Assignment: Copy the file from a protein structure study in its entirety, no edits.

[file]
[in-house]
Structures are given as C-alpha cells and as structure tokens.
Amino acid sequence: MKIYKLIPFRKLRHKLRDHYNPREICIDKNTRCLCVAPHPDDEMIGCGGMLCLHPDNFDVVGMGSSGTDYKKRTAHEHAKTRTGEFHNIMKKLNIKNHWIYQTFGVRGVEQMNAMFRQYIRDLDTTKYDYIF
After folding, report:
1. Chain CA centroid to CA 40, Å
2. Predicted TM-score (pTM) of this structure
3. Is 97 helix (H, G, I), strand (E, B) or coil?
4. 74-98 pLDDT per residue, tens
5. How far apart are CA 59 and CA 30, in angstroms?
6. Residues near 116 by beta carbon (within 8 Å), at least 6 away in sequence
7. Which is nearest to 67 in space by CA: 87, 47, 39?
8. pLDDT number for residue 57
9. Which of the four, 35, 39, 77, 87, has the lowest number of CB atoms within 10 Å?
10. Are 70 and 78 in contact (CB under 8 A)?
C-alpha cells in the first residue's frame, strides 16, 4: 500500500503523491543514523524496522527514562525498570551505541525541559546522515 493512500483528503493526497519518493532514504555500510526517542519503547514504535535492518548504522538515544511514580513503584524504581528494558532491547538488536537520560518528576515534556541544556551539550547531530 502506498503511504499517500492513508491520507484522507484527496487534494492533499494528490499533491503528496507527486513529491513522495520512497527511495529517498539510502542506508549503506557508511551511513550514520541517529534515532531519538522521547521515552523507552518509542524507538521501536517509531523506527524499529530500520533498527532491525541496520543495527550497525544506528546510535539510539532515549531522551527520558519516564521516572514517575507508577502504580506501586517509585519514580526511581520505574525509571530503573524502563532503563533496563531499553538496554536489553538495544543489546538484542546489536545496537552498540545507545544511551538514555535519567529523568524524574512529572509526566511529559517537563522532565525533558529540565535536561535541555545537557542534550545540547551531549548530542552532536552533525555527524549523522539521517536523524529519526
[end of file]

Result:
[in-house]
Structures are given as C-alpha cells and as structure tokens.
Amino acid sequence: MKIYKLIPFRKLRHKLRDHYNPREICIDKNTRCLCVAPHPDDEMIGCGGMLCLHPDNFDVVGMGSSGTDYKKRTAHEHAKTRTGEFHNIMKKLNIKNHWIYQTFGVRGVEQMNAMFRQYIRDLDTTKYDYIF
After folding, report:
1. Chain CA centroid to CA 40, Å
2. Predicted TM-score (pTM) of this structure
3. Is 97 helix (H, G, I), strand (E, B) or coil?
4. 74-98 pLDDT per residue, tens
5. How far apart are CA 59 and CA 30, in angstroms?
6. Residues near 116 by beta carbon (within 8 Å), at least 6 away in sequence
7. Which is nearest to 67 in space by CA: 87, 47, 39?
8. pLDDT number for residue 57
9. Which of the four, 35, 39, 77, 87, has the lowest number of CB atoms within 10 Å?
10. Are 70 and 78 in contact (CB under 8 A)?
C-alpha cells in the first residue's frame, strides 16, 4: 500500500503523491543514523524496522527514562525498570551505541525541559546522515 493512500483528503493526497519518493532514504555500510526517542519503547514504535535492518548504522538515544511514580513503584524504581528494558532491547538488536537520560518528576515534556541544556551539550547531530 502506498503511504499517500492513508491520507484522507484527496487534494492533499494528490499533491503528496507527486513529491513522495520512497527511495529517498539510502542506508549503506557508511551511513550514520541517529534515532531519538522521547521515552523507552518509542524507538521501536517509531523506527524499529530500520533498527532491525541496520543495527550497525544506528546510535539510539532515549531522551527520558519516564521516572514517575507508577502504580506501586517509585519514580526511581520505574525509571530503573524502563532503563533496563531499553538496554536489553538495544543489546538484542546489536545496537552498540545507545544511551538514555535519567529523568524524574512529572509526566511529559517537563522532565525533558529540565535536561535541555545537557542534550545540547551531549548530542552532536552533525555527524549523522539521517536523524529519526